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Parliament: NMP Laurence Lien champions stronger civil society

Published on May 27, 2014 2:51 PM
 
Mr Laurence Lien, chief executive of the National Volunteer and Philanthropy Centre and Nominated Member of Parliament (NMP), speaking during a parliament session on 7 February 2013. Singapore should encourage citizens to contribute more to society and take greater ownership of social issues, even if this comes with some dissent, urged Nominated Member of Parliament Laurence Lien in Parliament on Tuesday. -- PHOTO: SCREENGRAB FROM TV 

SINGAPORE - Singapore should encourage citizens to contribute more to society and take greater ownership of social issues, even if this comes with some dissent, urged Nominated Member of Parliament Laurence Lien in Parliament on Tuesday.

"Increasingly, politics is also about engendering co-ownership so that the creative energies of people that are harnessed, even if they have a few sharp edges," he said in Parliament.

For this to happen, safe environments for debate and a greater willingness to accommodate diverse viewpoints are needed.

Singapore can embrace 'more deliberative form of democracy' where the Government, private sector and civil society meet as equals and propose and justify decisions that are generally acceptable, said Mr Lien.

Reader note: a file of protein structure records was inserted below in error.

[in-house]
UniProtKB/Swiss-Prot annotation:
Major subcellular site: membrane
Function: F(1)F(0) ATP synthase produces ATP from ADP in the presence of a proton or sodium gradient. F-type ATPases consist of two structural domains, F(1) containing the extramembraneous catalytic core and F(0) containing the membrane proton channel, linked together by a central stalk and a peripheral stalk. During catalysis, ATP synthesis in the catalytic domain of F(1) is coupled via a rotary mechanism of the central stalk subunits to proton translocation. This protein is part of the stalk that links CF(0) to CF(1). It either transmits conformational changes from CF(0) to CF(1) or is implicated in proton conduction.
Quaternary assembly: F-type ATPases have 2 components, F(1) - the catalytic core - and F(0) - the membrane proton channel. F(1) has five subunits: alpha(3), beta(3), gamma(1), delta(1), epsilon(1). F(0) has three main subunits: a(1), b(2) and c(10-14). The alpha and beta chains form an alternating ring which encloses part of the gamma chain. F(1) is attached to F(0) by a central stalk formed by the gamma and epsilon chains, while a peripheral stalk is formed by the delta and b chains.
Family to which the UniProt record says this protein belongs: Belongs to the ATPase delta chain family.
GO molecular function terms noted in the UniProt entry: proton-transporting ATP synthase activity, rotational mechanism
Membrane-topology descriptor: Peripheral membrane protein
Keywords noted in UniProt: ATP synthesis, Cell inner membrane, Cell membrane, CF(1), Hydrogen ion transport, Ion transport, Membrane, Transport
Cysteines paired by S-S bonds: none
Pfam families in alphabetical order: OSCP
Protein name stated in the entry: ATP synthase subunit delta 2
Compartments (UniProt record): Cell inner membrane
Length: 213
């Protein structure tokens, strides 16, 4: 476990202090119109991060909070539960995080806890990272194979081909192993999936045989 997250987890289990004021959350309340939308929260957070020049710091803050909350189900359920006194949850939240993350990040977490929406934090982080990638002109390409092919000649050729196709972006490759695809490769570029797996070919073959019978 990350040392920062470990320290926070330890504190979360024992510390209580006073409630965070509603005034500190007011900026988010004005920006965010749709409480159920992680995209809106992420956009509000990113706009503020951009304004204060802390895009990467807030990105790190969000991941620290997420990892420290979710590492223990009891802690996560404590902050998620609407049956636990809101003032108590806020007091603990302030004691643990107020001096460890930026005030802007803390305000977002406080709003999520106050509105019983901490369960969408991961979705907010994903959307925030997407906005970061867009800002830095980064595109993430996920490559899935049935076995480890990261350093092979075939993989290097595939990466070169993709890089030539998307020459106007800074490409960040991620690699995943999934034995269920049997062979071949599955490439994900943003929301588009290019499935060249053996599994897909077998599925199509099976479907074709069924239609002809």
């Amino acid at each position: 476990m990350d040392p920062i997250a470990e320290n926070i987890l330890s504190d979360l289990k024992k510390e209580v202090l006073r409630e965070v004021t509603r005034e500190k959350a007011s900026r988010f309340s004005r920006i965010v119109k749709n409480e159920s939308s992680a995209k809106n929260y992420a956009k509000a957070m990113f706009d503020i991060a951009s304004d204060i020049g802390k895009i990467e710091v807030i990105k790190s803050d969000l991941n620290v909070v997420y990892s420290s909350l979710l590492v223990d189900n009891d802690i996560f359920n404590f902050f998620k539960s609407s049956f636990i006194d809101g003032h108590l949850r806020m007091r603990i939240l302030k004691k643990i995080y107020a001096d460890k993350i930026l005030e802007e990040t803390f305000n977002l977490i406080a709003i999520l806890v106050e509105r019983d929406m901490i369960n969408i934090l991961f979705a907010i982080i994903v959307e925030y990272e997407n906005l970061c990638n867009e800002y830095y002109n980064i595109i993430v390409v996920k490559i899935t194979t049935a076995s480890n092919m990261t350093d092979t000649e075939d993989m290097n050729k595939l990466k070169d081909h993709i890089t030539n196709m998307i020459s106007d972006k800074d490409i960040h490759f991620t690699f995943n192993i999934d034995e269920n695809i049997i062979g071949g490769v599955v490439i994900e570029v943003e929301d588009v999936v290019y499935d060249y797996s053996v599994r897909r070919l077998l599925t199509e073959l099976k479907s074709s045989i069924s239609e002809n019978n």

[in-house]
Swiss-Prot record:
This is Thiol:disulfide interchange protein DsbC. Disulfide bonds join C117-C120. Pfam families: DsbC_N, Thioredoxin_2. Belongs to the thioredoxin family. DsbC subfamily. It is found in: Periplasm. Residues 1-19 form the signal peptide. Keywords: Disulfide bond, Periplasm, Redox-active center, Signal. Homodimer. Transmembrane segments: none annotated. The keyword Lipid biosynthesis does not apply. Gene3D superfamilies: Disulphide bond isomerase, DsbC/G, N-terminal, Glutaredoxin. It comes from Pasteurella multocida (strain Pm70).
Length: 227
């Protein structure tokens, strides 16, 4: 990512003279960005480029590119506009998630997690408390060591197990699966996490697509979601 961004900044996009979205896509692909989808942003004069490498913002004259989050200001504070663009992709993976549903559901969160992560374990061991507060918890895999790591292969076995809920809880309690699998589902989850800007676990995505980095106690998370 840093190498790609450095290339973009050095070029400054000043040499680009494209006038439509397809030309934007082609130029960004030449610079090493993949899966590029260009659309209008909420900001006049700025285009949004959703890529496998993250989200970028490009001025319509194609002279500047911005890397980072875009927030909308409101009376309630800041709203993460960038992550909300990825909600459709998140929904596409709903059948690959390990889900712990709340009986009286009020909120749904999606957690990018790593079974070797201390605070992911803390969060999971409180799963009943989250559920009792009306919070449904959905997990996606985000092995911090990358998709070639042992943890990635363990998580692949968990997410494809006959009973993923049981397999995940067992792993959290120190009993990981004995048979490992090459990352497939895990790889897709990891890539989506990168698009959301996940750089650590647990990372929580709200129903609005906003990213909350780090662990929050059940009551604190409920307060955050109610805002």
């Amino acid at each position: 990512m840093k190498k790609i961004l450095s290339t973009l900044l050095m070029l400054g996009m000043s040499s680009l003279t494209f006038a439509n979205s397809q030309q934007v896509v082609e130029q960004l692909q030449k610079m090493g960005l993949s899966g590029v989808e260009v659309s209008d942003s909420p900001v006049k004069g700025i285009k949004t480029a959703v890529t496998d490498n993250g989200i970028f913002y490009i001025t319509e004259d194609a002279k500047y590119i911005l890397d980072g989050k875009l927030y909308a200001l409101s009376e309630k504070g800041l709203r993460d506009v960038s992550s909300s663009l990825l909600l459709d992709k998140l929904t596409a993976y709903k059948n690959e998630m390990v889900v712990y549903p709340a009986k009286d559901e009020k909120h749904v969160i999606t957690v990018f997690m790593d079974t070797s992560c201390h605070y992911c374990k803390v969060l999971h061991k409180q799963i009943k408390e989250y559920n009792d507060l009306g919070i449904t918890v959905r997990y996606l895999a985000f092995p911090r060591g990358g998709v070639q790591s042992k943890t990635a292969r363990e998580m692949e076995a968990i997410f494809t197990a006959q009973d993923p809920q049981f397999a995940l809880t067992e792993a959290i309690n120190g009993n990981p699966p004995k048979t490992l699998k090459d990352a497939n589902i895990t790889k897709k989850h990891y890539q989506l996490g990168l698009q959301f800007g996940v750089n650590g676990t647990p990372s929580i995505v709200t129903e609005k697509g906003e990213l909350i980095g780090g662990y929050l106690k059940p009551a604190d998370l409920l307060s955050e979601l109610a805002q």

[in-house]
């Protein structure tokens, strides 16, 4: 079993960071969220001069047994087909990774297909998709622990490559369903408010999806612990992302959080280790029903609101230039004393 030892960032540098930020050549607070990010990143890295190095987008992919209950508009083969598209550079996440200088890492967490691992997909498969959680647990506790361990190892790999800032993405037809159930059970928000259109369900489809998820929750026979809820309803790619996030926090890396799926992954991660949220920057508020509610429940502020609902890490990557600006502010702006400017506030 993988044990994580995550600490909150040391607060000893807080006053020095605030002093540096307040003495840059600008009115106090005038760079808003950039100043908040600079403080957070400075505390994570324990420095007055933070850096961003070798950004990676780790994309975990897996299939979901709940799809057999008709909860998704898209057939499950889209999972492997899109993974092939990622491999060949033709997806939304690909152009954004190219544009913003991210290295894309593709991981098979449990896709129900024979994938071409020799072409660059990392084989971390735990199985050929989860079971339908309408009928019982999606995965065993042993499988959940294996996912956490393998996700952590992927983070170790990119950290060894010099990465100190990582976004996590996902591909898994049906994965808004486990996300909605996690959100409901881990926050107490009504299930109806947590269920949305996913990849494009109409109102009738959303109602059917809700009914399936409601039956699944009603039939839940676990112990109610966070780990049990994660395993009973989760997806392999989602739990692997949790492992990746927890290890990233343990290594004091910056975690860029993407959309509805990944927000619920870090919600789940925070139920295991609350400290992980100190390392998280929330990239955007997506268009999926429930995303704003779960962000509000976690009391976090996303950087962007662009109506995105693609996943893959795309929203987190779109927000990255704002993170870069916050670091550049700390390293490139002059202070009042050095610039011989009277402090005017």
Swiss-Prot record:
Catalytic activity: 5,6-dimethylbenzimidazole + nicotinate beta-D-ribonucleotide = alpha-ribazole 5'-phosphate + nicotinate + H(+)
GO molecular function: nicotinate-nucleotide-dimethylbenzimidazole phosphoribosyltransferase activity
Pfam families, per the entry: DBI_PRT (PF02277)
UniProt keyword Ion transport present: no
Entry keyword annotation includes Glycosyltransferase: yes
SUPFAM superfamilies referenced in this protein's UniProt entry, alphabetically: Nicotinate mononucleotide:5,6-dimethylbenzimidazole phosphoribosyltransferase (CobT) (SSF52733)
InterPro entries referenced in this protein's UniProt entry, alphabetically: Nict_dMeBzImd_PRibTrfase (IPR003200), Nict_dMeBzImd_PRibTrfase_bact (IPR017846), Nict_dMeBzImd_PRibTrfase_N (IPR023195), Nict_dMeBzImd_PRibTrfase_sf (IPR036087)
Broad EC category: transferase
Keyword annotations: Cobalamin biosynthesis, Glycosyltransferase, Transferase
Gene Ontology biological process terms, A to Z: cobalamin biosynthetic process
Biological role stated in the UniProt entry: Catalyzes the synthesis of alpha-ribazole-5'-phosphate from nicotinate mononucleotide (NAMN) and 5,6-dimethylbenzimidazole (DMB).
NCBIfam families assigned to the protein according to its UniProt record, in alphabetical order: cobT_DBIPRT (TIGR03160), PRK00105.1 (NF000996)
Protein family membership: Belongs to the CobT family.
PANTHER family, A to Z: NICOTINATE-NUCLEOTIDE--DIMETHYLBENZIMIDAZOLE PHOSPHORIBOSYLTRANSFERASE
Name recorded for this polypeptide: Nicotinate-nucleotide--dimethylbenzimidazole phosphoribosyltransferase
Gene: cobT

This is why strengthening Singapore's civil society is in its long-term national interest: "We need all our engines - not just the government and private sector engines - firing," said Mr Lien, who is chief executive of the National Volunteer and Philanthropy Centre.

He went on to dispel the notion that civil society is about government-bashing and navel-gazing. Instead, " civil society should just be about citizenship - ordinary citizens doing their part to help with the social and economic progress of our nation," said Mr Lien.

Constructive politics is therefore "not just about debating, deciding on specific policies and then moving ahead as one united people to implement the programmes", said Mr Lien.

He was giving his take on the House's ongoing debate about what 'constructive politics' means for Singapore, after President Tony Tan Keng Yam spoke on the issue on May 16.

"It is about nurturing a mutually trusting relationship, where everyone has a stake in creating a home that they love and continually care for," he said.

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